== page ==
Skye’s Legacy

The Importance of Belonging


Restorative Practice: Prioritizing “Belonging” in Child Welfare

The Vancouver Aboriginal Child & Family Services Society hosts a helpful web page that serves as a quick read. Drawing inspiration from RCYBC’s investigative report, ‘Skye’s Legacy’, on the tragic death of a 17th Dene Girl, the VACFSS illuminates alternative options to foster belonging in Indigenous youth, some provided by their own service.

Supporting Cultural Identity for Children in Foster Care

This article was adapted from the presentation “Foster Youth’s Cultural Identity: An Overlooked Piece of Foster Youth Success” by Ariella Hope Stafanson, Lily Colby and Crys O’Grady, at the ABA Center on Children and the Law’s National Conference on Parent Representation, April 2019 in Tyson’s Corner, VA.

Cultural Permanence for Indigenous Children and Youth: Reflections from a Delegated Aboriginal Agency in British Columbia

The article discusses cultural permanence for Indigenous children and youth from the perspective of the executive director of Northwest Inter-Nation Family and Community Services (NIFCS), a delegated Aboriginal child welfare agency that serves nine Indigenous communities from three First Nations on British Columbia’s northwest coast.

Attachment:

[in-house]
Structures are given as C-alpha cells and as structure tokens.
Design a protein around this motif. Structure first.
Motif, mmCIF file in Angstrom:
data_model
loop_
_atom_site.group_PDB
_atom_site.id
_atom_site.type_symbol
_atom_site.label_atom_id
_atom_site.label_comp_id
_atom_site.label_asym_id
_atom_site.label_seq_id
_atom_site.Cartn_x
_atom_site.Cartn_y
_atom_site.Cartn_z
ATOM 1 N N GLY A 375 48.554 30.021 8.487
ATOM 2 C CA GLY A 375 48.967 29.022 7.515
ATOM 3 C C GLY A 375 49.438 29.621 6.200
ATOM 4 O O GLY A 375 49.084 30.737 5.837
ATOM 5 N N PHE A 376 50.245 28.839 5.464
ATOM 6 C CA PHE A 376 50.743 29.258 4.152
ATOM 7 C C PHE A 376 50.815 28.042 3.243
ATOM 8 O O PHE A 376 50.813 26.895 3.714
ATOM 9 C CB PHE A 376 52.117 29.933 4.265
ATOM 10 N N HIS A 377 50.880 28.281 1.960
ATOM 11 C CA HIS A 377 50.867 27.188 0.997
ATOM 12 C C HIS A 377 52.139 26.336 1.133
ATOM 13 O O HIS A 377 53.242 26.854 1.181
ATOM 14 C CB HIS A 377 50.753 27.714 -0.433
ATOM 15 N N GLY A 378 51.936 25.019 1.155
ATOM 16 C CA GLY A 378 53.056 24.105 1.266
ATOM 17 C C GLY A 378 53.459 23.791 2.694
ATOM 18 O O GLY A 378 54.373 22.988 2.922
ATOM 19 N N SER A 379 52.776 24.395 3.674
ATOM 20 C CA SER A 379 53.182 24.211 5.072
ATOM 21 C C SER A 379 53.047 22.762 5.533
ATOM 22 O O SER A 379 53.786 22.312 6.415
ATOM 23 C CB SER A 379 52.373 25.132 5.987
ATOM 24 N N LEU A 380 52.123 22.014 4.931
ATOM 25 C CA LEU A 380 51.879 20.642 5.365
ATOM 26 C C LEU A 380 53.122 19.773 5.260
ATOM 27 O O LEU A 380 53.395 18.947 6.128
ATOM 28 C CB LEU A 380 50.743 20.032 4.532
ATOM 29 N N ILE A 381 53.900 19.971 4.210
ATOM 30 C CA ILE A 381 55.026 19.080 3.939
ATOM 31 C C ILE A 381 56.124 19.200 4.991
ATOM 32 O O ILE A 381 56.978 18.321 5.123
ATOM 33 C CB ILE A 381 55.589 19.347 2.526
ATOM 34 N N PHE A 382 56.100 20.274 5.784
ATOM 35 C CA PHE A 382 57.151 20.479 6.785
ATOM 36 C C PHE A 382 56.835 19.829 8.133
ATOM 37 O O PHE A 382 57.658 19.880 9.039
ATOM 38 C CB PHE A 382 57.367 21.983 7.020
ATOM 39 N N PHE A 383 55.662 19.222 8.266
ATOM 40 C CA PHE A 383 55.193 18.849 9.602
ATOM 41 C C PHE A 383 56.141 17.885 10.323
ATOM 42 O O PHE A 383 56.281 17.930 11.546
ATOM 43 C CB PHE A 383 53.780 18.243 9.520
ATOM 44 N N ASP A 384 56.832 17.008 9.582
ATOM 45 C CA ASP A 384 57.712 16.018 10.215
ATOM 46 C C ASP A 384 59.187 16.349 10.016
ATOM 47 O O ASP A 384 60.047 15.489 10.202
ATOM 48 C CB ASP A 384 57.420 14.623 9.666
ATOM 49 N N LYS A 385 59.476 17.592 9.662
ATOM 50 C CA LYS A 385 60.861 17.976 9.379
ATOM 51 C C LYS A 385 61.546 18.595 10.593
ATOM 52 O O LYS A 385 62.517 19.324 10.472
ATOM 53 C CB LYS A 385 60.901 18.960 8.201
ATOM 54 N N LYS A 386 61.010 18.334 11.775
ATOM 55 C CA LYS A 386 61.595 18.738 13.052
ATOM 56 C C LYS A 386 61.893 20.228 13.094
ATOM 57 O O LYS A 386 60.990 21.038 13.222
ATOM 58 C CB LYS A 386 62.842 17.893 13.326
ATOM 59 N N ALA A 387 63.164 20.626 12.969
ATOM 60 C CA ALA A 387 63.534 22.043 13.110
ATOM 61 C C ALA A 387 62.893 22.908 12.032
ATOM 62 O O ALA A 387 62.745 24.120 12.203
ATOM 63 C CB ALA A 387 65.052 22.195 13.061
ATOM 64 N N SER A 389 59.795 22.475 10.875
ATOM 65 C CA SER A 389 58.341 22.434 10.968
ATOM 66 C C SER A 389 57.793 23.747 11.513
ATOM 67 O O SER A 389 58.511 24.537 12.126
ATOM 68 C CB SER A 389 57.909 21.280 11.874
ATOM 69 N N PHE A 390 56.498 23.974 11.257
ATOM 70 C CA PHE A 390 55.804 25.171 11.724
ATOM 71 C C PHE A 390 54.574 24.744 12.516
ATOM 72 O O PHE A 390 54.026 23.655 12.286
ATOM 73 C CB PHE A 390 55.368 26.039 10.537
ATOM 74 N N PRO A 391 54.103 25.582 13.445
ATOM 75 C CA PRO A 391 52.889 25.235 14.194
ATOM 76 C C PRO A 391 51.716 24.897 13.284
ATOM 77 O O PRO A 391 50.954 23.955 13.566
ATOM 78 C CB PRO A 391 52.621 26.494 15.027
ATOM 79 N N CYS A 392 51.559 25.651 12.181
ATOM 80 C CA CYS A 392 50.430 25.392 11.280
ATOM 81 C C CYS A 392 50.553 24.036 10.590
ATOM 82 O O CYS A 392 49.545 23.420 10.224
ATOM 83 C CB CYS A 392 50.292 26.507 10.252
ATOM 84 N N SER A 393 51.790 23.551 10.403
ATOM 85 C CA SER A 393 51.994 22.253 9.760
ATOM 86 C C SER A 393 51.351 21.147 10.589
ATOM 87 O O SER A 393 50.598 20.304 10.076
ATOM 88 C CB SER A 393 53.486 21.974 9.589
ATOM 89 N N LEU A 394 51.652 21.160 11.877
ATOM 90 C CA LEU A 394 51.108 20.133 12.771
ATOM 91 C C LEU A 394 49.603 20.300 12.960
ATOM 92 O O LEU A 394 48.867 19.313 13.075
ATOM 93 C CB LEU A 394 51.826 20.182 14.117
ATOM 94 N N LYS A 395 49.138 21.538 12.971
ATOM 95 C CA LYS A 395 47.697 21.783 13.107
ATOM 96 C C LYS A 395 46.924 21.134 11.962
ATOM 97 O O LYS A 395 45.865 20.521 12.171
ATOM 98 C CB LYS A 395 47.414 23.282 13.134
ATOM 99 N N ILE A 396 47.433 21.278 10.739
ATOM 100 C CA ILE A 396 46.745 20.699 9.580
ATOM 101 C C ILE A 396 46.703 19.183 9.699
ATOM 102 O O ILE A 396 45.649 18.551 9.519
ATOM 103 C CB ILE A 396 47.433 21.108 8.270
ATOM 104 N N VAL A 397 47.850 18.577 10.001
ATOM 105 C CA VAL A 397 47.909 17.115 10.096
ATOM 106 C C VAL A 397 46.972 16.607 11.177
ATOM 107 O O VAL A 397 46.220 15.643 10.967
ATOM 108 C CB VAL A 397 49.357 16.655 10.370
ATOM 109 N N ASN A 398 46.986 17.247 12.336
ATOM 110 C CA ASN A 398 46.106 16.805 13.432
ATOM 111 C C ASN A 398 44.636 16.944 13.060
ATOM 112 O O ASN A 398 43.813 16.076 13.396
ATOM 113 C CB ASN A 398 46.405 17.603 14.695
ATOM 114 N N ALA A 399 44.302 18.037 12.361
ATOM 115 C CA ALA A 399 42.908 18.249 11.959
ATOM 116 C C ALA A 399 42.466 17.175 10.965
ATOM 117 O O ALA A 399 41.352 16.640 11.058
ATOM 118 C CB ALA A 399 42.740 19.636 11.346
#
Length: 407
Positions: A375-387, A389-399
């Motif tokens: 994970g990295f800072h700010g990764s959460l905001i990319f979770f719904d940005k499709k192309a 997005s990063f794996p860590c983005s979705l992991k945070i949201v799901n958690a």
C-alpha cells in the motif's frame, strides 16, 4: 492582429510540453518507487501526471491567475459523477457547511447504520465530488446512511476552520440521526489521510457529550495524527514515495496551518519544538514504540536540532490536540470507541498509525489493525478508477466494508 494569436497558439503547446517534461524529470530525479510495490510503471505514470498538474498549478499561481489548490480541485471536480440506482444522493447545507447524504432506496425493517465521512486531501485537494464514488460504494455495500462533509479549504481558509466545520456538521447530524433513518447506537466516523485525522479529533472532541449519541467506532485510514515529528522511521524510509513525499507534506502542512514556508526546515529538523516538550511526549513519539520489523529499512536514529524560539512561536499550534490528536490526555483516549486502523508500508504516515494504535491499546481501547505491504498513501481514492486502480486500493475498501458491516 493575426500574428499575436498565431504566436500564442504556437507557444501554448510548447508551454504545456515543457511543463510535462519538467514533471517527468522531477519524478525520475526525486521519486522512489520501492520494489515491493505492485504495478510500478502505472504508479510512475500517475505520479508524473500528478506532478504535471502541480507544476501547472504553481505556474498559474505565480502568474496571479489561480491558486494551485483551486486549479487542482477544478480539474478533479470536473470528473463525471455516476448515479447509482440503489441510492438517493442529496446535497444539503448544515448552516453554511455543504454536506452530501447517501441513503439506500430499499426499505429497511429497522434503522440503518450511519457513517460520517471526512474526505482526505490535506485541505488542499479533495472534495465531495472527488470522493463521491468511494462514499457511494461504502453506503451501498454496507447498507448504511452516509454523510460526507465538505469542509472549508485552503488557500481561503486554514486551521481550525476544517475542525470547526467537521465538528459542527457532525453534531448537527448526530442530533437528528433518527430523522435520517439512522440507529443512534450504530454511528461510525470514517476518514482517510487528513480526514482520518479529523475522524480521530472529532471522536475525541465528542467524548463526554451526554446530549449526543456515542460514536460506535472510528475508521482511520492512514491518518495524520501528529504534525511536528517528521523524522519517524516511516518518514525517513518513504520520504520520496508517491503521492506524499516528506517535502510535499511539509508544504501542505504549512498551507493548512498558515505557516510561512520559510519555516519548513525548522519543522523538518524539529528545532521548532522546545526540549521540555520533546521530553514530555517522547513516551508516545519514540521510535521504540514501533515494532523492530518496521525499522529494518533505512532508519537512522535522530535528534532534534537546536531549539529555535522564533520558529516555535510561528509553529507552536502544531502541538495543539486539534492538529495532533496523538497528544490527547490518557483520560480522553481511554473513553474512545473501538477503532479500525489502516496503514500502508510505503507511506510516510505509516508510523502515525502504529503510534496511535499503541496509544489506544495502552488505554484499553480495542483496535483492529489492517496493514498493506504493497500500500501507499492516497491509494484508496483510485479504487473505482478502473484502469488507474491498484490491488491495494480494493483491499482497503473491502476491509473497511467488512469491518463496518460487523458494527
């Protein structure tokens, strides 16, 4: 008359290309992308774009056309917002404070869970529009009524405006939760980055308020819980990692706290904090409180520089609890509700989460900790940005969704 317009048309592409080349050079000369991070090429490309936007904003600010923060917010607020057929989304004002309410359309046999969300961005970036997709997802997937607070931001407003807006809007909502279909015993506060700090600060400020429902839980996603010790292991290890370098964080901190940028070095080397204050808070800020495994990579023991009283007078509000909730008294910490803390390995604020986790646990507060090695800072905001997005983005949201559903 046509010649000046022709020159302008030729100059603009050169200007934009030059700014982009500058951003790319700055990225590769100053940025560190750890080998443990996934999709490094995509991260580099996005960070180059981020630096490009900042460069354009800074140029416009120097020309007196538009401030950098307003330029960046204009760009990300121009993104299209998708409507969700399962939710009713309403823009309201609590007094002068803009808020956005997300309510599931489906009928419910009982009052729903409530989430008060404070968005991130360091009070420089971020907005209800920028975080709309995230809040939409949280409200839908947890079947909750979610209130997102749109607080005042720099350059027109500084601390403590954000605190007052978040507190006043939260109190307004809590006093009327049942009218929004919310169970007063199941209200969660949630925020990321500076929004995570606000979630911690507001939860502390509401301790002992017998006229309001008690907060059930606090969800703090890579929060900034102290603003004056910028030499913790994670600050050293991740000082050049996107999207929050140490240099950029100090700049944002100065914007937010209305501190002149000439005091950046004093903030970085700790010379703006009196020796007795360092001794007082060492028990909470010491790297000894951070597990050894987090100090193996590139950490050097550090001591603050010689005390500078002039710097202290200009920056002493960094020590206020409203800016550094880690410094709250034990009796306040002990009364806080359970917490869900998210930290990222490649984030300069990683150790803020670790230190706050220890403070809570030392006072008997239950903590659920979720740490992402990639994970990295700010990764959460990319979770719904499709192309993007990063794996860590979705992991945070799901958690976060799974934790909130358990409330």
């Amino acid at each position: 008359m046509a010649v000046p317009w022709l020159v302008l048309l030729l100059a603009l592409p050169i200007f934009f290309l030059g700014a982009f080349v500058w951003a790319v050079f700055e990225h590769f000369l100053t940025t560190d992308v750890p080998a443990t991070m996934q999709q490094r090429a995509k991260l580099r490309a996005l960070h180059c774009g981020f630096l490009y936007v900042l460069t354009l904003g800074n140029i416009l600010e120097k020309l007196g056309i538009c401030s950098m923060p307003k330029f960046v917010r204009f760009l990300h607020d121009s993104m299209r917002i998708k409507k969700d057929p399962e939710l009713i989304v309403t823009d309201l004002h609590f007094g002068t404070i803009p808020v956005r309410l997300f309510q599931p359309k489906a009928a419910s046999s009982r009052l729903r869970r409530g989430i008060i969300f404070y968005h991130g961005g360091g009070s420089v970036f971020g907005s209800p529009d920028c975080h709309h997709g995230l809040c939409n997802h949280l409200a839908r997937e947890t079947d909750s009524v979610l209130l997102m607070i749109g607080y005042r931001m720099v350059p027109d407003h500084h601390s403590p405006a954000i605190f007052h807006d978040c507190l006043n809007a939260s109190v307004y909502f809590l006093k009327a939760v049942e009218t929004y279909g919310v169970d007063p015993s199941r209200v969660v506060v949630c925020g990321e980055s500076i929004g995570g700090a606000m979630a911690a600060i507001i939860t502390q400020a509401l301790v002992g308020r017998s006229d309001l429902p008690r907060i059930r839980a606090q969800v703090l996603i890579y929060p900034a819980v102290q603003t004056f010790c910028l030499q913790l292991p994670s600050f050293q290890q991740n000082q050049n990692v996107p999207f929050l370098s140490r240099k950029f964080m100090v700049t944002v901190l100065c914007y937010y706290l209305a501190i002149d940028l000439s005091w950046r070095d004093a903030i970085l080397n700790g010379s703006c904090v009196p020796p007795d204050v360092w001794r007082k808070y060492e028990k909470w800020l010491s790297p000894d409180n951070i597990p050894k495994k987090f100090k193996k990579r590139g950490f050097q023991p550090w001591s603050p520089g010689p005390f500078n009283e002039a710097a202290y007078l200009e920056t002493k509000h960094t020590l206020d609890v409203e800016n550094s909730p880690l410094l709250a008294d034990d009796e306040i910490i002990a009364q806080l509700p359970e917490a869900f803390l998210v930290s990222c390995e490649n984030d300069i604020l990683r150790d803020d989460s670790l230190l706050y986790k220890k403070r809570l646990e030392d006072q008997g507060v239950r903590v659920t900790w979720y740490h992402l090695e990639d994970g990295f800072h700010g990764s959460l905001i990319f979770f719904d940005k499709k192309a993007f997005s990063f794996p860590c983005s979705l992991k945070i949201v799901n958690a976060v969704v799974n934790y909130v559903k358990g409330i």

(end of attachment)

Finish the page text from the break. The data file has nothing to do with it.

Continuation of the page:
Creating Places of Belonging: Expanding Notions of Permanency with Indigenous Youth in Care

This paper calls for creative pathways of engagement that delineate places of belonging for and with Indigenous youth in care. It draws on two community-based research studies conducted in British Columbia, with urban and off-reserve Indigenous youth to contextualize and extend understanding of permanency for Indigenous youth in care.

From longing to belonging: Attachment theory, connectedness, and indigenous children in Canada

This chapter examines attachment theory in relation to adoption versus Indigenous kinship, and the considerations of implementing such a framework within the practices of indigenous child welfare. Through a blend of both Western and Indigenous worldviews and values, a cross-cultural outlook is formed by the authors as they examine the eurocentric policies which restrict traditional holistic family practices and child dignity.

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